Some of my colleagues in the Progressive Librarians Guild used to complain that Banned Books Week was an unfortunate distraction from the greater problem of a propagandistic media system. I shared that view and still do, but it is not the objection that I want to explain today.
My problem with Banned Books Week is one that is probably shared by some conservatives, and it has to do with the loose definition of what a “banned book” is, and what a “challenged book” is. Over time, as I have come to understand my own politics better, I have realized that what I care about is rational discourse as the basis for a democratic society. In rational discourse, as I see it, it is important to be clear about what you are actually saying, to ask critical questions with a patience for detail, and to reject strategic communication and to minimize rhetoric. The Banned Books Week project, well-intended as it may be, is a propaganda exercise that fails to model good standards for democratic communication.
Here is what I mean.
The history of book banning is a history of inspiring stories, stories of mass suppression of ideas, copies of books collected so that they can be burned, publishers incarcerated, often ultimately to no avail as the power of an idea proved greater than the power of the state or of a fascistic party. Book banning, good people agree, should be fought against, and is a source of inspiration to fight for what is right. Banned Books Week taps into people’s response to these historical narratives and aims to prevent the suppression of ideas from recurring. A noble intention and a narrative resource.
The problem that I see with Banned Books Week is that what counts as a “banned book” is actually a “challenged book,” and what counts as a challenged book is something quite different from an effort to prevent a book from being published, sold, or even made available in a library. Most of the cases of challenged books that are reported as a part of Banned Books Week are cases where a parent of a child objects to a book being a part of their child’s school curriculum, or at other times in the school’s library, on the grounds of “age appropriateness.” Defenders of intellectual freedom, to my dismay, have an unwritten policy of never addressing the question of age appropriateness, leaving it as an unstated assumption that anything selected for the curriculum by educators as opposed to by parents is automatically age-appropriate, as though educators are incapable of error.
School districts have policies in place for reviewing challenges to books on the basis of age-appropriateness. Challenged books are reviewed and evaluated by committees that are charged with that responsibility, and then the school district makes an official decision regarding the book. Regardless of what the school’s decision turns out to be, regardless of its reasonableness or unreasonableness, and regardless of the objectivity or bias within the decision-making process in a specific case, all challenges to a book by a parent get counted as an attempt at book banning.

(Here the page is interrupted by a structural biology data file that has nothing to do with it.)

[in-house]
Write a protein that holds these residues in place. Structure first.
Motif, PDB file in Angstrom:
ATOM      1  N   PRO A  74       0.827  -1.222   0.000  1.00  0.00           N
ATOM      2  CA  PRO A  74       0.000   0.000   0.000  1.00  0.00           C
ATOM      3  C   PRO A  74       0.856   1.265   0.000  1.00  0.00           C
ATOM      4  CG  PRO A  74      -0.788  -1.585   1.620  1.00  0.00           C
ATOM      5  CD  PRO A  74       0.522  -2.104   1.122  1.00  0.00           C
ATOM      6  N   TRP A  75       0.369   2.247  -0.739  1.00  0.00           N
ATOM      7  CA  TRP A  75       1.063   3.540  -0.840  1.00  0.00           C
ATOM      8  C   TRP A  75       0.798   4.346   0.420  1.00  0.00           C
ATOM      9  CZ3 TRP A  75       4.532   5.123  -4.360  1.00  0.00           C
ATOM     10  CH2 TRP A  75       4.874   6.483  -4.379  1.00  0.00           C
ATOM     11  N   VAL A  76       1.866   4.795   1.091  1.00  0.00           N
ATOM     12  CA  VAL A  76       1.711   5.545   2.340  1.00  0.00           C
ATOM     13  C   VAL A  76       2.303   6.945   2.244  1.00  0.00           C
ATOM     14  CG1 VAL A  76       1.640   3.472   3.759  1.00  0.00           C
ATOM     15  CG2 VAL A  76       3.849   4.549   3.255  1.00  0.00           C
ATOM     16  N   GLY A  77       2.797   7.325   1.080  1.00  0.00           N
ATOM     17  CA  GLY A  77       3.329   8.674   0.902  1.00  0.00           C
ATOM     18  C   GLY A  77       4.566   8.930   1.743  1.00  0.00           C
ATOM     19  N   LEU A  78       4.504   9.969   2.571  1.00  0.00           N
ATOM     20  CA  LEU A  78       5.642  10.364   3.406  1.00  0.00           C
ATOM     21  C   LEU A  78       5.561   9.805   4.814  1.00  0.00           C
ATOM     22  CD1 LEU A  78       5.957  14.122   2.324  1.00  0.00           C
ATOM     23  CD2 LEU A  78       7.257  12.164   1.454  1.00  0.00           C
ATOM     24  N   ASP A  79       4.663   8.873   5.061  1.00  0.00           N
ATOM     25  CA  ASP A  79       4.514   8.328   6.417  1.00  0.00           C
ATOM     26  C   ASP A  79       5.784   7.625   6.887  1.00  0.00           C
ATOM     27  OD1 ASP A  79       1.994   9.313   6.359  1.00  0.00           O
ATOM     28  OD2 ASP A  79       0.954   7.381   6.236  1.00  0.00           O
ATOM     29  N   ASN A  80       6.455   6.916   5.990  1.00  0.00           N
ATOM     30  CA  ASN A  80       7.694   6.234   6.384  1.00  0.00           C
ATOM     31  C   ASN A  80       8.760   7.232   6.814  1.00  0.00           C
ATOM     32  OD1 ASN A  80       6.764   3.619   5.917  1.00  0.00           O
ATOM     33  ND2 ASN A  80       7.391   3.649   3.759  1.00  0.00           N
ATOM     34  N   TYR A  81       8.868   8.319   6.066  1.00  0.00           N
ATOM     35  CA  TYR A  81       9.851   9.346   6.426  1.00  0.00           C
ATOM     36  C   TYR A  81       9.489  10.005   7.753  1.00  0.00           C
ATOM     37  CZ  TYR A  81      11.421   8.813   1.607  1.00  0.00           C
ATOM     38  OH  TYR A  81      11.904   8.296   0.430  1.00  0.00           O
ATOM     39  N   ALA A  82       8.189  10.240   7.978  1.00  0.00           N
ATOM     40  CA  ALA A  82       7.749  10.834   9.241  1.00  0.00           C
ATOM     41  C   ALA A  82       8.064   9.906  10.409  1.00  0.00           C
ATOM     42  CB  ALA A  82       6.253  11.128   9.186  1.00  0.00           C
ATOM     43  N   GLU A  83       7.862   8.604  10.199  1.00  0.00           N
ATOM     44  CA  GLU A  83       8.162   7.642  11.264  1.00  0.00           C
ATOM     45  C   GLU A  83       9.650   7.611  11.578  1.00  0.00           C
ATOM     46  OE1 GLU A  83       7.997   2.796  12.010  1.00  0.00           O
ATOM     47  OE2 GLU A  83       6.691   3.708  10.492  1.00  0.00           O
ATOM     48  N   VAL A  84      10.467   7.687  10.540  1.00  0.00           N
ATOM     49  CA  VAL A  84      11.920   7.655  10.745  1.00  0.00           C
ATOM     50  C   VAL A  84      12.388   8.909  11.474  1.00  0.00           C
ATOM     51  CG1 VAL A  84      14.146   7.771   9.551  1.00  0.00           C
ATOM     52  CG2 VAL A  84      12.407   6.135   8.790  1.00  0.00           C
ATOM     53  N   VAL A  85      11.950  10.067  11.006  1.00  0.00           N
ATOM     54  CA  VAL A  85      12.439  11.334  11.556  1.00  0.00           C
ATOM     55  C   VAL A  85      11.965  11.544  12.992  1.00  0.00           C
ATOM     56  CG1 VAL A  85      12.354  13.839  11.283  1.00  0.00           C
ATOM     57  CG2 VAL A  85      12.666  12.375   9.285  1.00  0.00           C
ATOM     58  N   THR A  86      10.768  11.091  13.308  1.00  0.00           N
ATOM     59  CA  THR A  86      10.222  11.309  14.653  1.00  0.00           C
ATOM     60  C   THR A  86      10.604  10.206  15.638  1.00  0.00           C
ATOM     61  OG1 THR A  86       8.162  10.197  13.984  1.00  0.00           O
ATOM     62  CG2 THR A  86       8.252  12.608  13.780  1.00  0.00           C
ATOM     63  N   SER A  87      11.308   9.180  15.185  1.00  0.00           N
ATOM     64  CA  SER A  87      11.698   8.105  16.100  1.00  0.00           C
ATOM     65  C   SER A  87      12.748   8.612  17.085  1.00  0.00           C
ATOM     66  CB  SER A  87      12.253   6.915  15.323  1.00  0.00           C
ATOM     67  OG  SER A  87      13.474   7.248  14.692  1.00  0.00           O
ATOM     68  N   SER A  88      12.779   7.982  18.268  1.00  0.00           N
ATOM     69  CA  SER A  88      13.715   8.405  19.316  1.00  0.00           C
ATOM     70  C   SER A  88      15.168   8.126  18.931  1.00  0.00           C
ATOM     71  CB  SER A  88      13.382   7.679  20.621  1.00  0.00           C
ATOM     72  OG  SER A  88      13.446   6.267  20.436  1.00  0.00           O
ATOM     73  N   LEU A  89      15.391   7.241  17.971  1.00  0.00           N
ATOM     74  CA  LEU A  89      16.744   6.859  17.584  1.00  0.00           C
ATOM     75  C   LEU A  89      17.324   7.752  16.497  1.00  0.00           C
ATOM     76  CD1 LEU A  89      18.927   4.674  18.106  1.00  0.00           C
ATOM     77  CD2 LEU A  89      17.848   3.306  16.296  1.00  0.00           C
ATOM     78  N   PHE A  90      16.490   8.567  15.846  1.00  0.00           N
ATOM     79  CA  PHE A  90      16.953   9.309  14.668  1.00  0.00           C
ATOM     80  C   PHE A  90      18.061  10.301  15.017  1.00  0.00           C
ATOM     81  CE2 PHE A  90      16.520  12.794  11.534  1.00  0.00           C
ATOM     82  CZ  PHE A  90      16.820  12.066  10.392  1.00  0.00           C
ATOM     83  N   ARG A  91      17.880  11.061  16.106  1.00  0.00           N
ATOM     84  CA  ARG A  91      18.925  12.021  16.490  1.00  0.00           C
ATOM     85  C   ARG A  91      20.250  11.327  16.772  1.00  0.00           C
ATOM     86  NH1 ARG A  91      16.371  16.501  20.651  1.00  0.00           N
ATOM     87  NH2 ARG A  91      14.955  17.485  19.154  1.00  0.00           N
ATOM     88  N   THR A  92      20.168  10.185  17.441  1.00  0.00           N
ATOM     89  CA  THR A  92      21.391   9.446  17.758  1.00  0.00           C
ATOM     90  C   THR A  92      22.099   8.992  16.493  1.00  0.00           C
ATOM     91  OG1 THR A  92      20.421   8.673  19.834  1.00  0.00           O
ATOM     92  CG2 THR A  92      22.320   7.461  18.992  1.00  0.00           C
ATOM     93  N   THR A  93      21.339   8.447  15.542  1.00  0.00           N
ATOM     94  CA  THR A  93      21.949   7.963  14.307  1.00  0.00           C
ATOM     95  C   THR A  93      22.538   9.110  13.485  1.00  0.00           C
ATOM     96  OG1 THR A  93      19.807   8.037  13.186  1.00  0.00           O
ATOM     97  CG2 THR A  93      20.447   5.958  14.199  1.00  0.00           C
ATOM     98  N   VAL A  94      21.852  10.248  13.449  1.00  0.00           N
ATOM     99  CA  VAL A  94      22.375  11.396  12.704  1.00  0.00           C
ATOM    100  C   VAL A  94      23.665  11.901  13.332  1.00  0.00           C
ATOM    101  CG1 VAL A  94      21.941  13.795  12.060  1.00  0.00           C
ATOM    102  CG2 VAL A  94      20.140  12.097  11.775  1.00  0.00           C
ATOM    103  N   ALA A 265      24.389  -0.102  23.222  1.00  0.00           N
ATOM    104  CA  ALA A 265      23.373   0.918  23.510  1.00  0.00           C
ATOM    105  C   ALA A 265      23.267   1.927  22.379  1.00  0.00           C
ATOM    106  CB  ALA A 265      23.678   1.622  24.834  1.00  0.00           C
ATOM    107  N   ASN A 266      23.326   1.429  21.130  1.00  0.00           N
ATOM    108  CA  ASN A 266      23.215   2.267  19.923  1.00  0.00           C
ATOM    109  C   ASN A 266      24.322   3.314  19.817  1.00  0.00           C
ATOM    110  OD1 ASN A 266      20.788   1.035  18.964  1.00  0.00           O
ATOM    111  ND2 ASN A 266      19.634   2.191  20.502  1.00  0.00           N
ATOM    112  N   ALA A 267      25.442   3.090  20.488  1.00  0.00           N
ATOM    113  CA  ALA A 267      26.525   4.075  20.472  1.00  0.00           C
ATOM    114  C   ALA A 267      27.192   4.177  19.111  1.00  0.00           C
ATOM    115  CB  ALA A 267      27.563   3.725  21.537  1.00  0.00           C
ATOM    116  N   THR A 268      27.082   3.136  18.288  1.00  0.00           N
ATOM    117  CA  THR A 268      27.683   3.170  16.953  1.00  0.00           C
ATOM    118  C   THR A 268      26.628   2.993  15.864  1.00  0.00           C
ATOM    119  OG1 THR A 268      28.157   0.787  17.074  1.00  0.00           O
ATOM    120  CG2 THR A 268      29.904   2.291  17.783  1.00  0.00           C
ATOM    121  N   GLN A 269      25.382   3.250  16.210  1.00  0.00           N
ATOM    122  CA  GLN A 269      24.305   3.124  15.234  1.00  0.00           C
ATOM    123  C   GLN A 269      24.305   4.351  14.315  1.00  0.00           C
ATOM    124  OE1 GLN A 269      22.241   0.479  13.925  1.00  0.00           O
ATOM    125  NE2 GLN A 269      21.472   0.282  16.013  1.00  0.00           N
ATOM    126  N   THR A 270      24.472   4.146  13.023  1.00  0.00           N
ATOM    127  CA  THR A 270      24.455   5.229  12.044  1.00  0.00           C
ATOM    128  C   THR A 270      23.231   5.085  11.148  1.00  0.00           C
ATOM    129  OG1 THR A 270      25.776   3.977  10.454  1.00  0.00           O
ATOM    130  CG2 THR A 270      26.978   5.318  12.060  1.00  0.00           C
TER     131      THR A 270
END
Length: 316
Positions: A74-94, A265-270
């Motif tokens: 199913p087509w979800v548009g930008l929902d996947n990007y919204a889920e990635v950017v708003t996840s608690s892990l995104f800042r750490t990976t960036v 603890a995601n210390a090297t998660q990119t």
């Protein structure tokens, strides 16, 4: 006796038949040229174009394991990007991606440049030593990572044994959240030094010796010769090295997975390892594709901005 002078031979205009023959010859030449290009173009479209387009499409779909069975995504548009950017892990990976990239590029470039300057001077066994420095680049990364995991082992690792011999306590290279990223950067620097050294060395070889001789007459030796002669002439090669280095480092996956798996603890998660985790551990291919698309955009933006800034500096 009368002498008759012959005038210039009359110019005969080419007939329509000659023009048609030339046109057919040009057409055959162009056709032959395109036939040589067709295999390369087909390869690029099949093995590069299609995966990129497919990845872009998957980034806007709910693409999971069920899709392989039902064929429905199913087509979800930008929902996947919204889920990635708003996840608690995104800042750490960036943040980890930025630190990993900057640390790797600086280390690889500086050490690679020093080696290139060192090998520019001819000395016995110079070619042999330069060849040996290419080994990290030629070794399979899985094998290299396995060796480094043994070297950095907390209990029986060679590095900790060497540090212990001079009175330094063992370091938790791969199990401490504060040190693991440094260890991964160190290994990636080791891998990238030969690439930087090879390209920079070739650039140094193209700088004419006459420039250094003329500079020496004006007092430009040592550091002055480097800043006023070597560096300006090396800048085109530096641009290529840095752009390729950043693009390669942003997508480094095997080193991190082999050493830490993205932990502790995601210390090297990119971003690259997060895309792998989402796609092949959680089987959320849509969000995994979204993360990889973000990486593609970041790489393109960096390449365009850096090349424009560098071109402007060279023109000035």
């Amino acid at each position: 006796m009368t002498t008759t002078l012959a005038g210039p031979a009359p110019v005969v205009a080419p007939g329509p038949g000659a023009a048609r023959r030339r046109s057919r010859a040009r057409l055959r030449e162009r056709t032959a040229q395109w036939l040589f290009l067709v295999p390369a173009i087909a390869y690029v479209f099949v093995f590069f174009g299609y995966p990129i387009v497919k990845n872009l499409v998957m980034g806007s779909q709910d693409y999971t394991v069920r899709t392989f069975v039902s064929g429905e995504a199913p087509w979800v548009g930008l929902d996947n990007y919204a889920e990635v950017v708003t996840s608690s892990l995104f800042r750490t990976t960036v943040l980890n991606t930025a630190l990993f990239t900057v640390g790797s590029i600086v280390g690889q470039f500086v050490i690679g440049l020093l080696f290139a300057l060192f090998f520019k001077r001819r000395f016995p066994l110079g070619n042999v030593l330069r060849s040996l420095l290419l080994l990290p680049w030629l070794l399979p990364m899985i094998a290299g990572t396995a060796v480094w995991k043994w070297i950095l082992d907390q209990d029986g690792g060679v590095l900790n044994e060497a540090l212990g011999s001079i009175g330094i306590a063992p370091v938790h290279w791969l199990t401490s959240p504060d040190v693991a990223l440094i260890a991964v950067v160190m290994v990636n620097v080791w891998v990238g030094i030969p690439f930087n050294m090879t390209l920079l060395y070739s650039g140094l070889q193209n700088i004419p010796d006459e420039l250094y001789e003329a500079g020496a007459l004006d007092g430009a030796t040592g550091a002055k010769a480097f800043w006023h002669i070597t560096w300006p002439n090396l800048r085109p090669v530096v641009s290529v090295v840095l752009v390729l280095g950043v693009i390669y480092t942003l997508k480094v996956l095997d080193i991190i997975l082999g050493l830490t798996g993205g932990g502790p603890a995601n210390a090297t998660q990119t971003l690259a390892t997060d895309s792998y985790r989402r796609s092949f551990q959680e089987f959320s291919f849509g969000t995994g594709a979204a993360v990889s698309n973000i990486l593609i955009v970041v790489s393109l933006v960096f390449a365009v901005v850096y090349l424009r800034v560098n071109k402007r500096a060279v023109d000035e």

Personally, I agree with intellectual freedom orthodoxy that says that one family should not have the right to determine what other students are taught, and this is part of what public education is. But when a book is challenged and reviewed on the grounds of age-appropriateness, it is ultimately not the family that brought the challenge that makes the decision. The decision is made by the educational institution itself. We can hope that more often than not these decisions are well-informed and based more on educational psychology than they are on pressure from an ideological community group. They may not always be. But the decision about whether a book should remain a part of the curriculum or not is ultimately made by the public institution that put the book in the curriculum in the first place, which means that book challenges happen as a part of a process that the institution puts in place in order to get feedback from the community on the curriculum. (In some other areas, we on the left are fighting for more opportunities to influence local policies to meet local needs.)
What I want to emphasize about this is that the “book banning” that is the subject of Banned Books Week is not book banning as we understand it historically but part of the cultural fight over the school curriculum. Now, I am prepared to fight hard to keep rationality and science and humanism in the school curriculum, against the theocrats who seem to be making incredible progress in rolling back not only 20th century liberalism but the values behind the Constitution itself (i.e. secular democracy). But in fighting that fight over the curriculum, what I am ultimately fighting for is rational discourse as opposed to irrationality. If I give up basic standards of rational discourse and resort to strategic communication and propaganda… well, as we said about Al Qaida during the debate over the PATRIOT Act: “They have won.”